msxml6!Node::_clone+1C (d:\w7rtm\sql\xml\msxml6\xml\om\node.cxx, 2971)
	msxml6!Node::clone+13 (d:\w7rtm\sql\xml\msxml6\xml\om\node.cxx, 3028)
	msxml6!Node::cloneChildren+66 (d:\w7rtm\sql\xml\msxml6\xml\om\node.cxx, 3080)
	msxml6!Node::clone+63 (d:\w7rtm\sql\xml\msxml6\xml\om\node.cxx, 3050)
	msxml6!Node::cloneChildren+66 (d:\w7rtm\sql\xml\msxml6\xml\om\node.cxx, 3080)
	msxml6!Node::clone+63 (d:\w7rtm\sql\xml\msxml6\xml\om\node.cxx, 3050)
	msxml6!Node::cloneChildren+66 (d:\w7rtm\sql\xml\msxml6\xml\om\node.cxx, 3080)
	msxml6!Node::clone+63 (d:\w7rtm\sql\xml\msxml6\xml\om\node.cxx, 3050)
	msxml6!Node::clone+34 (d:\w7rtm\sql\xml\msxml6\xml\om\node.hxx, 486)
	msxml6!DOMNode::cloneNode+9A (d:\w7rtm\sql\xml\msxml6\xml\om\domnode.cxx, 1642)
	msxml6!W3CDOMWrapper::cloneNode+17 (d:\w7rtm\sql\xml\msxml6\xml\om\w3cdom.cxx, 254)

It’s kind of fascinating, isn’t it? Notice all the steps we go through to allocate memory. All the way from Node::operator new up to the actual call into the NT runtime, RtlAllocateHeap.

Cat Scratch Fever

The Christian Science Monitor: “He don’t speak good. Nugent’s words aren’t rhetoric, in the sense of being an attempt to convey coherent thought. It’s better to think of them as derogatory words strung together at random. Given that, where’s the threat?”

This is something extreme people do. They try to intimidate via rhetoric, or stick their foot in their mouth trying to make point. President Obama should invite Mr. Nugent to the White House for a beer and have a nice talk. The Oval Office would be the perfect spot.

Facebook, one giant app

ars technica: “Because Facebook’s entire code base is compiled down to a single binary executable, the company’s deployment process is quite different from what you’d normally expect in a PHP environment. Rossi told me that the binary, which represents the entire Facebook application, is approximately 1.5GB in size. When Facebook updates its code and generates a new build, the new binary has to be pushed to all of the company’s servers.”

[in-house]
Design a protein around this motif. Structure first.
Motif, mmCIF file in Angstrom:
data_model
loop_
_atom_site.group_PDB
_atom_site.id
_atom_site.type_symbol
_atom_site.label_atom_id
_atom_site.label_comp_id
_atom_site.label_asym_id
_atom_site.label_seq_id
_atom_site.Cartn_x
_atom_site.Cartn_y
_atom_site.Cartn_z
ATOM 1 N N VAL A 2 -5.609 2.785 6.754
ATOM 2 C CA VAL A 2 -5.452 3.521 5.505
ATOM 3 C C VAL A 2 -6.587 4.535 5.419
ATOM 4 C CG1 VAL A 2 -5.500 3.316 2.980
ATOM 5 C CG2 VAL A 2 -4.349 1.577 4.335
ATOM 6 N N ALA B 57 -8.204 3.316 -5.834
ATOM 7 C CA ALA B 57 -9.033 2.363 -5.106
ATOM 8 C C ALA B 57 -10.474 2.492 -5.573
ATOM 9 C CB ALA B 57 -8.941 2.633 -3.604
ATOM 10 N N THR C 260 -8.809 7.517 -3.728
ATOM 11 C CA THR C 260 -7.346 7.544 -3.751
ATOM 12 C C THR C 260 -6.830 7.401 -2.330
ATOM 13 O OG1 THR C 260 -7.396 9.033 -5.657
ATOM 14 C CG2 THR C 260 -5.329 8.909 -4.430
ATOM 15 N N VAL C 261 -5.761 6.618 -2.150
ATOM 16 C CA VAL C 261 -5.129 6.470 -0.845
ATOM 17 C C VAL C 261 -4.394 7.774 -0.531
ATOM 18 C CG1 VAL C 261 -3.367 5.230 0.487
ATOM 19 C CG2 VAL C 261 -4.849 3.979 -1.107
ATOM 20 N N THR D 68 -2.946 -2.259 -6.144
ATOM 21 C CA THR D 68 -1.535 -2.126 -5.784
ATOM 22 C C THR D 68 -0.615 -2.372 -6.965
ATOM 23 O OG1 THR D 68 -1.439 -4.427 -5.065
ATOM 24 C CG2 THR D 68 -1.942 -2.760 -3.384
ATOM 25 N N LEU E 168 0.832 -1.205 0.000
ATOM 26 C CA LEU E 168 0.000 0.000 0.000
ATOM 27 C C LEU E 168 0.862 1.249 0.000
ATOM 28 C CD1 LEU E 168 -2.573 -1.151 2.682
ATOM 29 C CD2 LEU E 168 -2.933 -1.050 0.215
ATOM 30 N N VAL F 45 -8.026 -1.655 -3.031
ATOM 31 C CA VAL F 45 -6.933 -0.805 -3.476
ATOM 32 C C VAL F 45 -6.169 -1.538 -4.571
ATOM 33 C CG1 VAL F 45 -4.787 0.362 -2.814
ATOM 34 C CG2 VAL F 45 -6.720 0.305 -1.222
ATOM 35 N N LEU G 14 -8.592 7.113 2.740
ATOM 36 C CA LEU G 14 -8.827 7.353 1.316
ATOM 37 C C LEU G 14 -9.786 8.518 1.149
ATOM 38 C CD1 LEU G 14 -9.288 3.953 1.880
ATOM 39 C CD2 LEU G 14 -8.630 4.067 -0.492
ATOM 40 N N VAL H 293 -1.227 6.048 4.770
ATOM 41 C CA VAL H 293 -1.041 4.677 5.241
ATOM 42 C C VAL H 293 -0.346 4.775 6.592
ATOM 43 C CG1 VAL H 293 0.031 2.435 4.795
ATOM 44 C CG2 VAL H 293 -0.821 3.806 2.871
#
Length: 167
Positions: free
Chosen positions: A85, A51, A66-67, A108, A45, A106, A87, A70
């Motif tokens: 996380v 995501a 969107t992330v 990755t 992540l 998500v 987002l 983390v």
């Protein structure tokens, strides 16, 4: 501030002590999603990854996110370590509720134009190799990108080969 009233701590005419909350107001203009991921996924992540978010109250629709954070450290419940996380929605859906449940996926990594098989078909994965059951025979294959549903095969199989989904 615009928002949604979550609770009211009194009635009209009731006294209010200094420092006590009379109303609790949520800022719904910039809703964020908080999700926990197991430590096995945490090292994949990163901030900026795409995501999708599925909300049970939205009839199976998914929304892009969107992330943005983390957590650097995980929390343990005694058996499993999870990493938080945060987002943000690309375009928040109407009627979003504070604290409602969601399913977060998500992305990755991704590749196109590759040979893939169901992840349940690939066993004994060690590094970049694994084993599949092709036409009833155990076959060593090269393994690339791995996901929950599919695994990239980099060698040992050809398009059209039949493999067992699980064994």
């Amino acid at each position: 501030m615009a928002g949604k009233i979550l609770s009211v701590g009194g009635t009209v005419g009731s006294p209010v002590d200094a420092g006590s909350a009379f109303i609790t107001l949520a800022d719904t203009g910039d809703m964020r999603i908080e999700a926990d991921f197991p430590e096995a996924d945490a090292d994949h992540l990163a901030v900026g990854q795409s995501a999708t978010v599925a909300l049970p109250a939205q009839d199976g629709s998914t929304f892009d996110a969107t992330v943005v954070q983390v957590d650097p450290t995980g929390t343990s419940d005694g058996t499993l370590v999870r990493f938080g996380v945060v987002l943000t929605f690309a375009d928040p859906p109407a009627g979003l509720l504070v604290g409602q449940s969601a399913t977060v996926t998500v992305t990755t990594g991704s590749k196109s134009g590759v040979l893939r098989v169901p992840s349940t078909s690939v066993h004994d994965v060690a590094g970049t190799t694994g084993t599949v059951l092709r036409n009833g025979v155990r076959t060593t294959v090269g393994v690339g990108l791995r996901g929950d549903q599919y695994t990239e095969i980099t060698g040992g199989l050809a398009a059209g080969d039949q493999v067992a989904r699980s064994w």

As much as I rail against Facebook, they don’t mess around when it comes to their technology. If they can’t find what they’re after, they build it.

Most web sites are built from a little of this and a little of that. Now doubt Facebook has many components that make it up.

The idea that they’ve gone against conventional wisdom and built a monolithic application is kind of refreshing. They own the world because they’ve continued to make their own path.

The Hacker Way, indeed.

Illustrator Joey Ellis on Dribbble

Dribbble Blog: “My tools are my red and black Polychromos pencils, Illustrator, Photoshop—all the usual suspects. My studio is in a room above the garage. It’s not cool or glamourous and is filled with crap. It’s kinda like an episode of Hoarders, but there aren’t any dead animals in here yet. I have my iMac and an old Wacom along with a few iPads for iOS stuff. I have tons of toys and half-filled coffee cups strewn about.”

I love reading stuff like this. It’s interesting to see the process others use and how they structure their work environments.

One of these days, when I grow up, I want an actual desk with a big display, or two. Some day. Until then, it’s the couch.